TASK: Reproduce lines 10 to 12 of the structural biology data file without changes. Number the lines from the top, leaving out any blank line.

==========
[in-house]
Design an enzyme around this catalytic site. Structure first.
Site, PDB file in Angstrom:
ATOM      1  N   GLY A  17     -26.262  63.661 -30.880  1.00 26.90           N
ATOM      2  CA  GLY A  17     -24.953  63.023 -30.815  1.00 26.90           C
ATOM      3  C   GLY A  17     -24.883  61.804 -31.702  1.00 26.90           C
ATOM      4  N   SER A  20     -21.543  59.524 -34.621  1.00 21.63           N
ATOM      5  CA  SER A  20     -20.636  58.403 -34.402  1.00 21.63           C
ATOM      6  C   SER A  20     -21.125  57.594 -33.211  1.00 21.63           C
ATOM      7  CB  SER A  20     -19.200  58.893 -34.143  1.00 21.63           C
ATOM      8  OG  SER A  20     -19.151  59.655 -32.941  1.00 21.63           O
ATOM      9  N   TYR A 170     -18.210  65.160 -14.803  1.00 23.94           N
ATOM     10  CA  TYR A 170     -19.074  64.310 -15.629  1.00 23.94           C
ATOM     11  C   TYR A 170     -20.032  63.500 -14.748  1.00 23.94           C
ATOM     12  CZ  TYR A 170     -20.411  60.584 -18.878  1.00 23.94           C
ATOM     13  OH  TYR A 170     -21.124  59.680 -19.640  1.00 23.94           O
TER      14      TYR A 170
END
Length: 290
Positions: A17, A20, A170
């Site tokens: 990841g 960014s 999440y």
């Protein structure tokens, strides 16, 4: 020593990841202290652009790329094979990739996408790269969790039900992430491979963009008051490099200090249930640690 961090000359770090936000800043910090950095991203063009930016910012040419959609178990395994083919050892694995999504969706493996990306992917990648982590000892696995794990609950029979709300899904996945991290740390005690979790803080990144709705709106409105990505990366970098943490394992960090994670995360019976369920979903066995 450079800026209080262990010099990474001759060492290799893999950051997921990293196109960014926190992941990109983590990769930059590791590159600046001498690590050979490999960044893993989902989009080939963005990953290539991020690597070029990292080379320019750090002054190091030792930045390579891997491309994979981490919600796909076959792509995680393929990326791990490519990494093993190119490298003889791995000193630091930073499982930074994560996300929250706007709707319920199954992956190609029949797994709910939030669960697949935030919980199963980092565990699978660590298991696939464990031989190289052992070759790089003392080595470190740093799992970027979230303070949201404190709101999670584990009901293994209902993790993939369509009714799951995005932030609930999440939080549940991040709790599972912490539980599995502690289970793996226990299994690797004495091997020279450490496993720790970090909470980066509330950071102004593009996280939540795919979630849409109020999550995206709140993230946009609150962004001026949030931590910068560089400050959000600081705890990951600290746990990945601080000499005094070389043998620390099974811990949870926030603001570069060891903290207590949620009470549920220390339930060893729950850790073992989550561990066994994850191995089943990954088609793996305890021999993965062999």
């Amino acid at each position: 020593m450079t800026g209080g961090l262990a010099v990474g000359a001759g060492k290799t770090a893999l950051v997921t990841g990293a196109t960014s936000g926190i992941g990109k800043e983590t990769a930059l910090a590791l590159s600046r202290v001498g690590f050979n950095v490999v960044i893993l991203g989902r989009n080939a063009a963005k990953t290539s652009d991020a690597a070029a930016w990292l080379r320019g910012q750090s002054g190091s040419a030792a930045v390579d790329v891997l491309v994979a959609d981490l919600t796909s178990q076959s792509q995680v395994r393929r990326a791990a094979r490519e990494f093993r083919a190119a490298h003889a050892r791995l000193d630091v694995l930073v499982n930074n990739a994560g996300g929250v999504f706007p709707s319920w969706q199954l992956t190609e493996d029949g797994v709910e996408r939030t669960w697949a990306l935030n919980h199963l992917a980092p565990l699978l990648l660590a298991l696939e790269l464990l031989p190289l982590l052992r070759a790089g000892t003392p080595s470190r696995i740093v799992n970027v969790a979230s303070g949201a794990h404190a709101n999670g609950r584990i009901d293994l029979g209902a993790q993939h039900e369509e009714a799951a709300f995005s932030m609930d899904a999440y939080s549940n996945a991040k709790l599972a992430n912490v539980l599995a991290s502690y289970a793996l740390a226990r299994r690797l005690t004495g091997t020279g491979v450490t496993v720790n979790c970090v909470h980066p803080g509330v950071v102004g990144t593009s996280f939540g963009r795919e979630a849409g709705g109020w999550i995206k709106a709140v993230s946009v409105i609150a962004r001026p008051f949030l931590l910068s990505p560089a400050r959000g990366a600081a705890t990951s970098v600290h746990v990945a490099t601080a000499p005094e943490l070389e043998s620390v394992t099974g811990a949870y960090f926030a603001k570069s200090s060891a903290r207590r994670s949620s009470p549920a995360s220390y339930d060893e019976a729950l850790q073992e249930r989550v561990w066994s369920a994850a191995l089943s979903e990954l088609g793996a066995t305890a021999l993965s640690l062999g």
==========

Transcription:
ATOM      7  CB  SER A  20     -19.200  58.893 -34.143  1.00 21.63           C
ATOM      8  OG  SER A  20     -19.151  59.655 -32.941  1.00 21.63           O
ATOM      9  N   TYR A 170     -18.210  65.160 -14.803  1.00 23.94           N